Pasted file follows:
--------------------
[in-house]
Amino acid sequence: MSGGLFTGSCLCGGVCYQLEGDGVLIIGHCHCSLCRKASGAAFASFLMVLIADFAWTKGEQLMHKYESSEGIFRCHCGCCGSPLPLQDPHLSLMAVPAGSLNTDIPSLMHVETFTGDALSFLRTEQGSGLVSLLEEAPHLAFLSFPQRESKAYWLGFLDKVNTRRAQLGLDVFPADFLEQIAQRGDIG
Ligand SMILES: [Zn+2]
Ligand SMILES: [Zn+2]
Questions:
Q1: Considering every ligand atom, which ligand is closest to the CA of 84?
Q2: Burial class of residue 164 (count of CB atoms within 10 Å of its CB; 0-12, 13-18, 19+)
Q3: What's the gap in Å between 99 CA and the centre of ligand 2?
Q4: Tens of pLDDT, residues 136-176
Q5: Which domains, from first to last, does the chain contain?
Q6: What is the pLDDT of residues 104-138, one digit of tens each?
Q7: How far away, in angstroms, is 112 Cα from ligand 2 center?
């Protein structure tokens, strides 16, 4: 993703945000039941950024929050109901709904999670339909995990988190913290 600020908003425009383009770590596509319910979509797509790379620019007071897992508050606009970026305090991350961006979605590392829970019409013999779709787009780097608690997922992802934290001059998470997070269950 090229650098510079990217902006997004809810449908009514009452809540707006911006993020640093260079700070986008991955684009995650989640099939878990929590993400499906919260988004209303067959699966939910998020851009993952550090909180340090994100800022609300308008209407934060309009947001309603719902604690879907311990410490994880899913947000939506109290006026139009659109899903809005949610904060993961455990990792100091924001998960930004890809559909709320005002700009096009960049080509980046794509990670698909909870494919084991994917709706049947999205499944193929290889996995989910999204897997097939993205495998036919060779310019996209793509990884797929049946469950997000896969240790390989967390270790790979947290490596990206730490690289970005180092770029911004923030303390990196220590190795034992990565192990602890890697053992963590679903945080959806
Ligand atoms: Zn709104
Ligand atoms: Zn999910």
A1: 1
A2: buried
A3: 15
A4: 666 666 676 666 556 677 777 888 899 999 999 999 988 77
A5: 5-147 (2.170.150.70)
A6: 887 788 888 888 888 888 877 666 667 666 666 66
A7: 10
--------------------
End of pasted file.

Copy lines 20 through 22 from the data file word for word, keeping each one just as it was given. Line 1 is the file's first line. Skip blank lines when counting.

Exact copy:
A5: 5-147 (2.170.150.70)
A6: 887 788 888 888 888 888 877 666 667 666 666 66
A7: 10